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Summit outlines hurricane strategy

Facing the next hurricane season, Palm Beach County marinas plan to be better prepared


Facing the next hurricane season, Palm Beach County marinas plan to be better prepared

Blasted by two hurricanes in 2004, Palm Beach County, Fla.’s marine interests gathered for a May summit to discuss strategies for protecting boats, docks and marinas this hurricane season.

Facing another summer and fall of higher-than-average tropical storm activity, the 80 attendees identified planning, preparation and coordination as top priorities for boat owners, marinas, boatyards and government agencies this hurricane season.

“Whatever plans we had in the past, we couldn’t find them last year,” said David Roach, executive director of the Florida Inland Navigation District and the summit’s chairman. Roach said Palm Beach boaters and marine businesses had become complacent after many hurricane-free years and thought they were immune from them until Frances and Jean hit the region with a one-two punch last year.

“It’s time for us to dust off our plans, coordinate them ahead of time, take lessons we learned in 2004 and make those plans better,” he said.

Good hurricane holes are hard to find in Palm Beach County, so boaters in search of refuge for their vessel often end up wandering from marina to marina before a hurricane looking for short-term haulout and upland storage, or they refuse to move their boat out of its marina slip because there’s no place else for it to go. This causes big problems for marina owners because boats stored in their slip often cause catastrophic dock damage during a hurricane.

Roach said attendees thought government entities should consider opening up parks for boat storage before a hurricane. Marinas could supply — for a fee — a crane or forklift, jackstands and tie-downs to haul and store boats at the parks. After the storm, the parks could be used as staging areas for salvaged boats. Roach said marina owners also should consider laying steel hurricane cables on the bottom in waters near their facility. As a hurricane approaches, they would attach moorings to those cables and move boats out of their slips onto the moorings to spare damage to both their docks and the boats.

Roach said Florida’s several-hundred-thousand absentee boaters who keep their boats in Florida but live elsewhere also are a problem because they aren’t in town to secure their boats before a hurricane. “Marina owners are pretty emphatic that they shouldn’t be left holding the bag for these absentee owners and suffer damage to their facilities because these guys haven’t taken any measures to secure their boat,” he said.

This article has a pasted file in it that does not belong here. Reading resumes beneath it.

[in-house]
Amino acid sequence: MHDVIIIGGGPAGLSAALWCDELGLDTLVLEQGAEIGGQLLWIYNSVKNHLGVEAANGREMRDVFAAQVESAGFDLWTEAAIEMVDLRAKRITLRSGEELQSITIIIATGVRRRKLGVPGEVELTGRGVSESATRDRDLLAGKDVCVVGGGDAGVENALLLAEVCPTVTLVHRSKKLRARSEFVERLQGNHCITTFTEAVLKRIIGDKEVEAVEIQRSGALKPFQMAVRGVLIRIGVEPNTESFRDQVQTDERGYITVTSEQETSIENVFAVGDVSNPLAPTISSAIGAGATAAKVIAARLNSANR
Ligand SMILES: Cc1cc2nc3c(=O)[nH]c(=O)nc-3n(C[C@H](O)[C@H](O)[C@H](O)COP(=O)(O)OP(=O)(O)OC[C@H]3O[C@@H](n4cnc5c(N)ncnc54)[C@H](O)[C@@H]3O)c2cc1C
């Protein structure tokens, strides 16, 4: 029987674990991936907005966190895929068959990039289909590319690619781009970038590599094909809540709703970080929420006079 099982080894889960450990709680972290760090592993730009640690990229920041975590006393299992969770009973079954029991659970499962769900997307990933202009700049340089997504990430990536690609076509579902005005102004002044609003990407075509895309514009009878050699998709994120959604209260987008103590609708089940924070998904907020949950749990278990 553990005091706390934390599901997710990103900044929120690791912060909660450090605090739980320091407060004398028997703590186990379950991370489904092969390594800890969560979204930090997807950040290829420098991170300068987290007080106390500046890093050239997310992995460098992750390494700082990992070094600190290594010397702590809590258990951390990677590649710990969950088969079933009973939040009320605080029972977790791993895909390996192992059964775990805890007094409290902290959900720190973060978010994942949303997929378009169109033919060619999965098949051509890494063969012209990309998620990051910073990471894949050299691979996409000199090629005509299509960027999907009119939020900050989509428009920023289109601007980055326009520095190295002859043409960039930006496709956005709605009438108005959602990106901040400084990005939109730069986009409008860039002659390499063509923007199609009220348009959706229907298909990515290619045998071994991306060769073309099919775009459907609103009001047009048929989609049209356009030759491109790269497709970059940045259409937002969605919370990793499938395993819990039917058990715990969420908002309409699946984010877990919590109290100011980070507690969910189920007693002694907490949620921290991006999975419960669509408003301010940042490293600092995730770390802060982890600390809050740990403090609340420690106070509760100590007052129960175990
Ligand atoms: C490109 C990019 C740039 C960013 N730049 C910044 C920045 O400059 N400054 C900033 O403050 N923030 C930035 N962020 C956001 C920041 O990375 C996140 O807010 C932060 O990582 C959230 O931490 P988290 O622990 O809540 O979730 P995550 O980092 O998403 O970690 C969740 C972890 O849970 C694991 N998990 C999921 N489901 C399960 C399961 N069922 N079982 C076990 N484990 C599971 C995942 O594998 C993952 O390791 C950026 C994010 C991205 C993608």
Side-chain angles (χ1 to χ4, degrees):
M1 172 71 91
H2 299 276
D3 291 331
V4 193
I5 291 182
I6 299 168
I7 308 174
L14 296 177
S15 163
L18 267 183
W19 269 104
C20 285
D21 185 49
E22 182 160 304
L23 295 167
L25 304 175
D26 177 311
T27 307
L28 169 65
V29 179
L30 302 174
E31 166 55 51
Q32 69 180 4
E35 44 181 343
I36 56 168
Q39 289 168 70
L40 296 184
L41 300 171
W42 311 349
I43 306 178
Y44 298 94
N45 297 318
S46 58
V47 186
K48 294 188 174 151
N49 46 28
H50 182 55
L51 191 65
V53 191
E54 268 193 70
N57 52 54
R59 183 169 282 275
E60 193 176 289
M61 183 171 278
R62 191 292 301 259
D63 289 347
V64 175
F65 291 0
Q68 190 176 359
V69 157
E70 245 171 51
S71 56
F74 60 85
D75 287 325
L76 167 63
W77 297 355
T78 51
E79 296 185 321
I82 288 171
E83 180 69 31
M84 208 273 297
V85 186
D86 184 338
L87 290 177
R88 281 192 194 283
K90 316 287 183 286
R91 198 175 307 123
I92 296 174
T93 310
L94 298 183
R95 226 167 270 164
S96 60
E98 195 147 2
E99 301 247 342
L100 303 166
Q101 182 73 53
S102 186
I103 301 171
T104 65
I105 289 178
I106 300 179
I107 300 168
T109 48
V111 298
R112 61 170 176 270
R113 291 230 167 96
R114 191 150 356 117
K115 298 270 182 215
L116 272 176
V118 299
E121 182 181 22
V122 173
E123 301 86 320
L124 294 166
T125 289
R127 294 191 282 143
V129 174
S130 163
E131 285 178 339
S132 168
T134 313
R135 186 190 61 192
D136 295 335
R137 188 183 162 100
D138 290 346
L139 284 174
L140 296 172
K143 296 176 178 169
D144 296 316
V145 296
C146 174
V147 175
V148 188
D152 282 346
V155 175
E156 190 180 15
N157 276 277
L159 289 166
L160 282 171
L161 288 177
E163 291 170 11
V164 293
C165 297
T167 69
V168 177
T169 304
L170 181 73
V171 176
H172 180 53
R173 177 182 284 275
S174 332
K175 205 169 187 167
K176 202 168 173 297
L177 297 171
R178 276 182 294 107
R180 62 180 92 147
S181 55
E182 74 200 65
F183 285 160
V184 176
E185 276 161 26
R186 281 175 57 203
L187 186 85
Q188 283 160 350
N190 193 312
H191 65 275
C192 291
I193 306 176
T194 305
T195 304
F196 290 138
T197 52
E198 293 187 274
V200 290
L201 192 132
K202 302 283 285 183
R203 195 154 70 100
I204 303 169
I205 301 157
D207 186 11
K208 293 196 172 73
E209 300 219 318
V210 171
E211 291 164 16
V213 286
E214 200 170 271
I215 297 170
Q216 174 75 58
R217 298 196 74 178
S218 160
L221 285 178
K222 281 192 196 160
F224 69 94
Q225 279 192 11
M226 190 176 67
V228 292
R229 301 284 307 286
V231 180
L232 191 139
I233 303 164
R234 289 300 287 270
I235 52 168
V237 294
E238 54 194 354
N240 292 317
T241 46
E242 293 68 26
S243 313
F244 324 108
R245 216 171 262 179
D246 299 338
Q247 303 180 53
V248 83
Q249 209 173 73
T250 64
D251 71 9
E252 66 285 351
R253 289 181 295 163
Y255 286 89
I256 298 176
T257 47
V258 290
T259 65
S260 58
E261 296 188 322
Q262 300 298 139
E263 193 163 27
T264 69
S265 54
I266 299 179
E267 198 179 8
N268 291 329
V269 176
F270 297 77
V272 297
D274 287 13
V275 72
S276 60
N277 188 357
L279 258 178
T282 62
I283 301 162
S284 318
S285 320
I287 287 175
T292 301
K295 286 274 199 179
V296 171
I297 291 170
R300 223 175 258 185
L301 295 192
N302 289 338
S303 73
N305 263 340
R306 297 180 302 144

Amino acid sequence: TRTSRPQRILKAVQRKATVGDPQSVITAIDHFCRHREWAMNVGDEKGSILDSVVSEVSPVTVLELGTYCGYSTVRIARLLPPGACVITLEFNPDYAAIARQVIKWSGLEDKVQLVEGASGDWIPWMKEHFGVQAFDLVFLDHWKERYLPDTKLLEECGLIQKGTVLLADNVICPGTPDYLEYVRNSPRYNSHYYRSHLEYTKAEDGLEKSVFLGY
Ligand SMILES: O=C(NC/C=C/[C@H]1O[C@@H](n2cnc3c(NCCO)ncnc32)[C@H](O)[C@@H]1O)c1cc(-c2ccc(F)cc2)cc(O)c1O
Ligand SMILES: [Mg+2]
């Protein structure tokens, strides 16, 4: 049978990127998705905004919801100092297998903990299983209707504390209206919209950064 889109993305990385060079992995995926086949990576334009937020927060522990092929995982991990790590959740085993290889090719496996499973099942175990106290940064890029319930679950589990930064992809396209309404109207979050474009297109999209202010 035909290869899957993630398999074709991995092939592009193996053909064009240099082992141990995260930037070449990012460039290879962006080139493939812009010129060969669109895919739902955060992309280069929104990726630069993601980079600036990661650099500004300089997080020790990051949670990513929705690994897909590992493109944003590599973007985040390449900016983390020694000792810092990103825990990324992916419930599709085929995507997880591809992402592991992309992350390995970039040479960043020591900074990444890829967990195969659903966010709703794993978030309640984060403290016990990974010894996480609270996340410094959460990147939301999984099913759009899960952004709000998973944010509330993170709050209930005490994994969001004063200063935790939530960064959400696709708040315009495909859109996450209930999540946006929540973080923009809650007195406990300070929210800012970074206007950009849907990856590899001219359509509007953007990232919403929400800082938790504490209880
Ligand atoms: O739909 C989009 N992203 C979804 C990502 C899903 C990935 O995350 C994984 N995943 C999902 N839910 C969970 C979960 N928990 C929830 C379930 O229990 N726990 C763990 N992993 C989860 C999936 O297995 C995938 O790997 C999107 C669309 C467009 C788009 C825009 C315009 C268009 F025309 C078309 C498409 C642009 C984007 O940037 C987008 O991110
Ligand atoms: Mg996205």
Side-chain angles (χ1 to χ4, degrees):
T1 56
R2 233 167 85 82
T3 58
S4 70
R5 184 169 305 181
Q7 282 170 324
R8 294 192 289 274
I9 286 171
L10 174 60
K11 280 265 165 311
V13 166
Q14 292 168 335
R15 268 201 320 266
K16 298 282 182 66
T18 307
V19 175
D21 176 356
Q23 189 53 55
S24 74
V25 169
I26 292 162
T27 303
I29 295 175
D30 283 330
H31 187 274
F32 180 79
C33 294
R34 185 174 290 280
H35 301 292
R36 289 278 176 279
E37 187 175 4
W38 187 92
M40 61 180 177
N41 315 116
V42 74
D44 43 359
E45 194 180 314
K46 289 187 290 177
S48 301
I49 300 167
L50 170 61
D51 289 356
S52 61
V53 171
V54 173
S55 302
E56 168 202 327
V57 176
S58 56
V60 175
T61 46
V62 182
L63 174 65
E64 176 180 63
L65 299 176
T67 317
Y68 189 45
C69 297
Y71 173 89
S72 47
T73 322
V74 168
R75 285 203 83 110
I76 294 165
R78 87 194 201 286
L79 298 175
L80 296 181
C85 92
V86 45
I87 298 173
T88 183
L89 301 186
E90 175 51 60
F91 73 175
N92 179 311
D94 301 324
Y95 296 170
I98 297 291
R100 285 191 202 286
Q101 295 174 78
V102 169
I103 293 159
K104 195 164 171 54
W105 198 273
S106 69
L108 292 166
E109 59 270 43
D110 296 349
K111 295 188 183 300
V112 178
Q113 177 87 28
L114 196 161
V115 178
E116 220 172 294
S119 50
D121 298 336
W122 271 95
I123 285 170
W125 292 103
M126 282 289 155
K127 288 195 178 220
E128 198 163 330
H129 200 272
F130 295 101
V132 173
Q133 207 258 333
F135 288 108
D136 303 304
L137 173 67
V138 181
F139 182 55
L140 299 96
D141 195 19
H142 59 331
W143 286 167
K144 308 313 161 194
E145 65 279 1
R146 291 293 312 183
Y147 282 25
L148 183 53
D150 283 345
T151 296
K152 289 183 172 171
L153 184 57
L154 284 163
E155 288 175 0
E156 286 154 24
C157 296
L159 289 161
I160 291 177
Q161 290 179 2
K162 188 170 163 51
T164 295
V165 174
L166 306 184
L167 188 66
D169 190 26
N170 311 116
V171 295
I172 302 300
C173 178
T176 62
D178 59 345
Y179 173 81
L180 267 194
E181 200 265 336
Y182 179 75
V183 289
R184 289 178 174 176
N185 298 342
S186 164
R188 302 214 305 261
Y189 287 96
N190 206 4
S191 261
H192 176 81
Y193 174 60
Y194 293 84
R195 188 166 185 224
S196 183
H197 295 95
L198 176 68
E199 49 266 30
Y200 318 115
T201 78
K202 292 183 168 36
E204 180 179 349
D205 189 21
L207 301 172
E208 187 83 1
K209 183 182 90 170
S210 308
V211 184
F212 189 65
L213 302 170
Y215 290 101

Roach said this appears to be a contractual and insurance issue. Marina owners and insurers need a strong contractual provision requiring absentee owners to have a hurricane plan and someone available — maybe on retainer — to look after the boat during hurricane season.

A hurricane guide for boaters also drew strong support at the summit. “There are not many so-called hurricane holes left in the world,” Roach said. “We need to identify those to the extent that they are available,” and distribute the information to boaters.

He said boaters also need to be educated about hurricane protection. “It’s not a good idea to anchor out in a big body of water unless you have big anchors and very strong cleats,” Roach said. “You need to look for [narrow waterways] where you get protection from the wind.” Government or industry also should consider establishing a central clearinghouse where boatyards and marinas can report available hurricane storage before a storm so boaters can more readily find safe harbor. “People start wandering around, then the bridges get locked down and they get trapped somewhere,” Roach said.

Planning and up-to-date information should help prevent this.

Boaters also should know how to secure their boats and understand they can’t wait until the last day to start thinking about it.

Roach said the summit identified 70 hurricane-related issues. Summit organizer Marine Industries Association of Palm Beach County plans to publish a full report in June, with issues prioritized for action based on how the participants at the May 4 summit rank them.

Colorado State University’s Dr. William Grey, the nation’s preeminent hurricane forecaster, has predicted 13 named storms — seven of them hurricanes, three of them major ones with winds over 110 mph — this June 1 to Nov. 30 hurricane season. He has calculated a 53 percent chance of a major hurricane hitting the East Coast United States, including peninsular Florida, and a 41 percent chance of one hitting the U.S. Gulf Coast, including the Florida Panhandle.

Before last summer, Palm Beach County had gone 25 years without a direct hit from a hurricane. “We thought every storm was going to take a big northern turn or slip into the Gulf,” Roach said. “Now we know that is not always going to be the case.”

“Be prepared,” he advises.